Gas Engines - Landfill Gas Solutions
Municipal waste contains about 150 to 250 kg of organic carbon per ton. These substances are biologically degradable and are converted by microorganisms into landfill gas. Stable, anaerobic methane fermentation begins one to two years after the waste is deposited in the landfill.
Following a simple rule of thumb, 1 million tons of deposited municipal solid waste will produce landfill gas over a twenty-year period—an amount sufficient to fuel a gas engine capacity of 1 MW.
- Perforated tubes are drilled into the landfill body and interconnected by a pipe work system.
- Using a blower, the gas is sucked from the landfill, compressed, dried and fed into the gas engine.
- In most cases, the generated electrical power is fed into the public grid.
- Since there is no buyer for the heat output in most cases, the thermal energy could be converted into further electrical power.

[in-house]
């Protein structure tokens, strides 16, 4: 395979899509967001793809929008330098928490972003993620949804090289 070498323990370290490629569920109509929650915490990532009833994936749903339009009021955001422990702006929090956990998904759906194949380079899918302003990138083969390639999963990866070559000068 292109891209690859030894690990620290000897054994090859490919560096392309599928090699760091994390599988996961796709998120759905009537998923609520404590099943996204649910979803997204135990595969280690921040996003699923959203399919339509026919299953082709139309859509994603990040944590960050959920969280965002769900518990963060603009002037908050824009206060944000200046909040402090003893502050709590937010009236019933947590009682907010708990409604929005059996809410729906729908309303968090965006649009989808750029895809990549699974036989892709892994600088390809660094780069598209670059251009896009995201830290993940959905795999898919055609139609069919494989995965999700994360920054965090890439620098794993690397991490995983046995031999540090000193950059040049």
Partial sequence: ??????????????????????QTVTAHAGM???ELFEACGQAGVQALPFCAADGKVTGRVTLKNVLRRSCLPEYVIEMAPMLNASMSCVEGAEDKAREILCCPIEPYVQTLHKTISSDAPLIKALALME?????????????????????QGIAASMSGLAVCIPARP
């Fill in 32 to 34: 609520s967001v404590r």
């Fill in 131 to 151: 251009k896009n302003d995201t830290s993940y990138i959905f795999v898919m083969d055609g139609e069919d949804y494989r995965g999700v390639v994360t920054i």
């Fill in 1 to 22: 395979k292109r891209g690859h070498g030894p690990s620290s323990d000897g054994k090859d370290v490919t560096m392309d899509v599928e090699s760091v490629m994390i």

Jenbacher landfill gas engines are specially designed to run at full load with high efficiency, despite a low heating value and fluctuations of gas quality and pressure. High quality engine parts resist impurities that usually appear in this type of fuel.
- Mitigation of greenhouse gas (methane) and possible carbon monetization
- Revenues for power production, when fed into the public grid
- Alternative disposal of a problem gas while simultaneously harnessing it as an energy source
- Low weight containerized units that are easy to move and adjust to changing project capacity
- Smooth operation despite low heating value and fluctuations in gas composition and pressure
- Standard electrical efficiency of up to 42 percent and up to 90 percent in the case of combined heat and power
- CL.AIR integrated emission control solution complies with country-specific standards
- Contractual service agreements include specific preventive maintenance